Elucidating the mechanism by which cell adhesion molecules related to neurodevelopmental disorders properly connect nerve cells via calcium ion
A research group including Associate Professor Takeshi Uemura of Research Center for Supports to Advanced Science (RCSAS) at Shinshu University and Associate Professor Shuya Fukai of Institute for Quantitative Biosciences (IQB) at the University of Tokyo elucidated the mechanism how cellular adhesion molecules Nrxn1β and LRRTM2 determined the three-dimensional structure of complexes formed through the intermediary of calcium ion to interconnect neurons precisely. The research result was published on UK science journal "Nature Communications" on September 27.
The formation and reorganization of synapses, which are connections between neurons, is an important step that occurs during the formation of neural circuits and memory learning, and it is suggested that the regulatory dysfunction is closely related to the onset of neurodevelopmental disorders such as autism. Nrxn and LRRTM, which are cellular adhesion molecules related to mental retardation, are located at the presynaptic and postsynaptic terminals respectively, and selectively interact to induce the formation of excitatory synapses.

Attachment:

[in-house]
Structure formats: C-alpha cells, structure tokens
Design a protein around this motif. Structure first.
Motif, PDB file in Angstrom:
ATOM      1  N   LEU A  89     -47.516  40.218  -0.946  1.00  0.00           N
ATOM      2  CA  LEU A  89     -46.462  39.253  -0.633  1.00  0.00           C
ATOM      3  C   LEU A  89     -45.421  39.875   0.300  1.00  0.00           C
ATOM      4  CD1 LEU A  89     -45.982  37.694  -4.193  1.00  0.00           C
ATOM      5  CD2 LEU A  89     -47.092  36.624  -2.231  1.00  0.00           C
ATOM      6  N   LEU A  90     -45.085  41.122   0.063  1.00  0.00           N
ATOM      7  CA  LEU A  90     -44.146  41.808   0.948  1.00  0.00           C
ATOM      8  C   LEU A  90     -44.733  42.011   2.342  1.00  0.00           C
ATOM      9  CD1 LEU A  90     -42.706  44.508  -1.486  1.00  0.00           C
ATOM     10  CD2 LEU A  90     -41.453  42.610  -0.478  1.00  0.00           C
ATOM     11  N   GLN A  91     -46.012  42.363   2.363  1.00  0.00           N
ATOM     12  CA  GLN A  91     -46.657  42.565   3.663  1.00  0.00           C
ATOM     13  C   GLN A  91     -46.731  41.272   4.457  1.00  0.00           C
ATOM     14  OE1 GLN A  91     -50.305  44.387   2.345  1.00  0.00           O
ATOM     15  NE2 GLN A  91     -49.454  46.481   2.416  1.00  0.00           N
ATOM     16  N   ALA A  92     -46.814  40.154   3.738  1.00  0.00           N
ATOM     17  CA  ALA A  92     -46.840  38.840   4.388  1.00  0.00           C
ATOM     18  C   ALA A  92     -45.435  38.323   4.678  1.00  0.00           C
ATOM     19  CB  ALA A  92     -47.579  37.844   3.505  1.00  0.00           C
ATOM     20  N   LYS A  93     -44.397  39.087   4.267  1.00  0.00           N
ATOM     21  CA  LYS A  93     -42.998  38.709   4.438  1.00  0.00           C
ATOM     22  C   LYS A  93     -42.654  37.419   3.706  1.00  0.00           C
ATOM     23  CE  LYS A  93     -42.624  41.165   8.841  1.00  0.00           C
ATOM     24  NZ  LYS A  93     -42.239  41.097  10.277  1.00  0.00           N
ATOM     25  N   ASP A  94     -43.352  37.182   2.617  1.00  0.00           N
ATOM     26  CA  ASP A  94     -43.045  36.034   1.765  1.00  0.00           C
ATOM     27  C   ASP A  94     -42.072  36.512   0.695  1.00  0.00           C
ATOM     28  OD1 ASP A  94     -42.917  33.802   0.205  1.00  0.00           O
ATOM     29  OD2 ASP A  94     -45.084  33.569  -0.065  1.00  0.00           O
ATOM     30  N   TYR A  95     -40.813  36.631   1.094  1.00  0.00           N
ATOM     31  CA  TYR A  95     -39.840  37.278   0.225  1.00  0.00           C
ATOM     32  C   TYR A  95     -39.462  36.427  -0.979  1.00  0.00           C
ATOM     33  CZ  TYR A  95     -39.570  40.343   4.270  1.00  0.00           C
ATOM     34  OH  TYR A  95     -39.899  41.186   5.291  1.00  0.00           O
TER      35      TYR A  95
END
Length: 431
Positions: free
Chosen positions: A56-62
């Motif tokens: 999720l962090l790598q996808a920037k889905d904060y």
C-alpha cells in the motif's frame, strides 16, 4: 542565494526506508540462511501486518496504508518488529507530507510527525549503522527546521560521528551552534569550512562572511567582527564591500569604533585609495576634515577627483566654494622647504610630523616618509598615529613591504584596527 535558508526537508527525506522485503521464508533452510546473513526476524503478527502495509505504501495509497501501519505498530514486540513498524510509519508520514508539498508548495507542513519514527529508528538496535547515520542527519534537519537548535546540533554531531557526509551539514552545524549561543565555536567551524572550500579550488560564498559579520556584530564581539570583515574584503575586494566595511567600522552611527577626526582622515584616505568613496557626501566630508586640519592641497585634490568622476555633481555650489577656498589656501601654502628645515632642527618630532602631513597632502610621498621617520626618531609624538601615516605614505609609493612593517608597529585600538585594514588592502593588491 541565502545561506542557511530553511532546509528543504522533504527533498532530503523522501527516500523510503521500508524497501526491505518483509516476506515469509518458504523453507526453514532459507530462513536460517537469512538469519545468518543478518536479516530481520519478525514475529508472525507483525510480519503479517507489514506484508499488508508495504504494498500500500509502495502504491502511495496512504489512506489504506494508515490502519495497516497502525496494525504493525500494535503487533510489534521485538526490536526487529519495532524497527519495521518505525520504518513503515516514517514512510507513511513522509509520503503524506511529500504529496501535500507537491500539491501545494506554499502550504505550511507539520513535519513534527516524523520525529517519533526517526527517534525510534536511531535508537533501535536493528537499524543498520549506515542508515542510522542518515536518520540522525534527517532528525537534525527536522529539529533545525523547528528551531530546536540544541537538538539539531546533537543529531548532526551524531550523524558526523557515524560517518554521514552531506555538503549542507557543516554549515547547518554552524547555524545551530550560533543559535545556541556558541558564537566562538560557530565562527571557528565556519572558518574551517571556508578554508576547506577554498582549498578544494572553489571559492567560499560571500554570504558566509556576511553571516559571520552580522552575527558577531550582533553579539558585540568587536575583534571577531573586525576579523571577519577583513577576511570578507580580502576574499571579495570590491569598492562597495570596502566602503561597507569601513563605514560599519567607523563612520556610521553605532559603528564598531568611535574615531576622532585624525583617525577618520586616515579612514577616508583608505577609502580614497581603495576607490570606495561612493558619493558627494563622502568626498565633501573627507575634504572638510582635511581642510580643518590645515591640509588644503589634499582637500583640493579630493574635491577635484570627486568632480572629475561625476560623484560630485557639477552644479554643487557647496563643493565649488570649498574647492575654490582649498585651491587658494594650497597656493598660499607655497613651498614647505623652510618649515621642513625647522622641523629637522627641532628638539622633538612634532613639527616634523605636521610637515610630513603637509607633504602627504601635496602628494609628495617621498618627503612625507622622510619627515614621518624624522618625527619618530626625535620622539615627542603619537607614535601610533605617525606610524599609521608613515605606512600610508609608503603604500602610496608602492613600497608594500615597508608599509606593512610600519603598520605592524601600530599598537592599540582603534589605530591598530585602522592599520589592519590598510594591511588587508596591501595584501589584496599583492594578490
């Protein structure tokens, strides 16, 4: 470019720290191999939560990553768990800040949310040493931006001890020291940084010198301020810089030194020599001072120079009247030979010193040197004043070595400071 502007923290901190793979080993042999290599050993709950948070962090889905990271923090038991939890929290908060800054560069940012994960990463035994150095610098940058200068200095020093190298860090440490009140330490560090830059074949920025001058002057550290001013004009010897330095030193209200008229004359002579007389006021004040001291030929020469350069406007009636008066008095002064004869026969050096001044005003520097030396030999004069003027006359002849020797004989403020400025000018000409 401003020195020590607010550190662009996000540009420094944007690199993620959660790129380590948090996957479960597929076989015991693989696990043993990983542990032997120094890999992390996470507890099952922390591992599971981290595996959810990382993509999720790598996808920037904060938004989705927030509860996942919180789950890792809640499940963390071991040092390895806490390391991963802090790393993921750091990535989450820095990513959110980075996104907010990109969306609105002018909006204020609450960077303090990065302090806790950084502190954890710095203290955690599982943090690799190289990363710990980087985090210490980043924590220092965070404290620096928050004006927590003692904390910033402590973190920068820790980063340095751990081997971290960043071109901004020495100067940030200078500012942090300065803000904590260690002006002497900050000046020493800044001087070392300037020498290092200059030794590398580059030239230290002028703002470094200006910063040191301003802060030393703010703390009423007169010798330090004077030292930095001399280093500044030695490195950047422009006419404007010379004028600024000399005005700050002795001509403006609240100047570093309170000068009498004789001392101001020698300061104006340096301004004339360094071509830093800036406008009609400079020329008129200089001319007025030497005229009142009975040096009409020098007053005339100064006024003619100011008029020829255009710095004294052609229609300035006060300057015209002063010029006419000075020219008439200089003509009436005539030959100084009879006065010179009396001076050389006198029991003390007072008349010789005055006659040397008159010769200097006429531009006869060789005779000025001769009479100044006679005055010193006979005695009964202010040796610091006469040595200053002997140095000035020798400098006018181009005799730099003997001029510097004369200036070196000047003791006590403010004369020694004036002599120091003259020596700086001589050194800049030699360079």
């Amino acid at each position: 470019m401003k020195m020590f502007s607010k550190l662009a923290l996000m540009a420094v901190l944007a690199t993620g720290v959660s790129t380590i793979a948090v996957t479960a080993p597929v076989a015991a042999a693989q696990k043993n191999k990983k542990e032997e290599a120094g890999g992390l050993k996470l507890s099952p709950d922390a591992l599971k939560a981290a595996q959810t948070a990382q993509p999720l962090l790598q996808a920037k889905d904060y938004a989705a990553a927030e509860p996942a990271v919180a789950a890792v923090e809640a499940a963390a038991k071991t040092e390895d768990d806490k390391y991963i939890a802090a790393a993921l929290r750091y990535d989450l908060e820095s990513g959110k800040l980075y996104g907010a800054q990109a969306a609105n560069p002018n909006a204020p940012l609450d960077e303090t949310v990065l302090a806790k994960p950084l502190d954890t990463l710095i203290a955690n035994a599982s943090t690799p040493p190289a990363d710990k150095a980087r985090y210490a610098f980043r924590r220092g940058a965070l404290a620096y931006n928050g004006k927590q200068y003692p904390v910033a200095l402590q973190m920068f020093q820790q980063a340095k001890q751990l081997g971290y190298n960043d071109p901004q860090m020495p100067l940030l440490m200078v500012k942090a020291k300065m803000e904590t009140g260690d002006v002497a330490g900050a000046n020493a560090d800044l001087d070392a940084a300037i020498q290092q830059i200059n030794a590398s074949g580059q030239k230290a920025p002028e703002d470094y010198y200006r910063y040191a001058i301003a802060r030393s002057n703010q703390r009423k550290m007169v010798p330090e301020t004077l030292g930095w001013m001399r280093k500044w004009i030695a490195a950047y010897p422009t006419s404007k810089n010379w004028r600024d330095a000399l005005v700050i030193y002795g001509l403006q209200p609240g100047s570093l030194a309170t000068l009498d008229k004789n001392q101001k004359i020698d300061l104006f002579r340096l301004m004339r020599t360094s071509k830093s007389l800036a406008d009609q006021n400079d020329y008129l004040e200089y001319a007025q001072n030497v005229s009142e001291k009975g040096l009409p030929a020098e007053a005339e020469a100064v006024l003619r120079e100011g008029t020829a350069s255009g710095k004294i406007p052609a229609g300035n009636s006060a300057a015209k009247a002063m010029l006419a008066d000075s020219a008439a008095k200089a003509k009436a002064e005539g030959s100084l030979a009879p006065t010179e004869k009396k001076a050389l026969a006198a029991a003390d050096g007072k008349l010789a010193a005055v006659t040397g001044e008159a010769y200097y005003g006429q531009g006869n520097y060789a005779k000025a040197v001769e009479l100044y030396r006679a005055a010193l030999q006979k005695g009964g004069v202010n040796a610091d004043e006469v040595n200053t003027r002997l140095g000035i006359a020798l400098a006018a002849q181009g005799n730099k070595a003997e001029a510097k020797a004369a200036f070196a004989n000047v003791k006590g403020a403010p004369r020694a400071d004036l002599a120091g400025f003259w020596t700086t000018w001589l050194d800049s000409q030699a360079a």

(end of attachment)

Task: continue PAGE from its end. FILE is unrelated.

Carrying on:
The research group determined the three-dimensional structure of binding complex of Nrxn1β and LRRTM2 by X-ray crystal structure analysis, and found the molecular mechanism how these molecules selectively interacted via calcium ions. It is expected that this research achievement will be useful for clarifying the mechanism of neural circuit formation and for future studies related to neurodevelopmental disorders such as autism.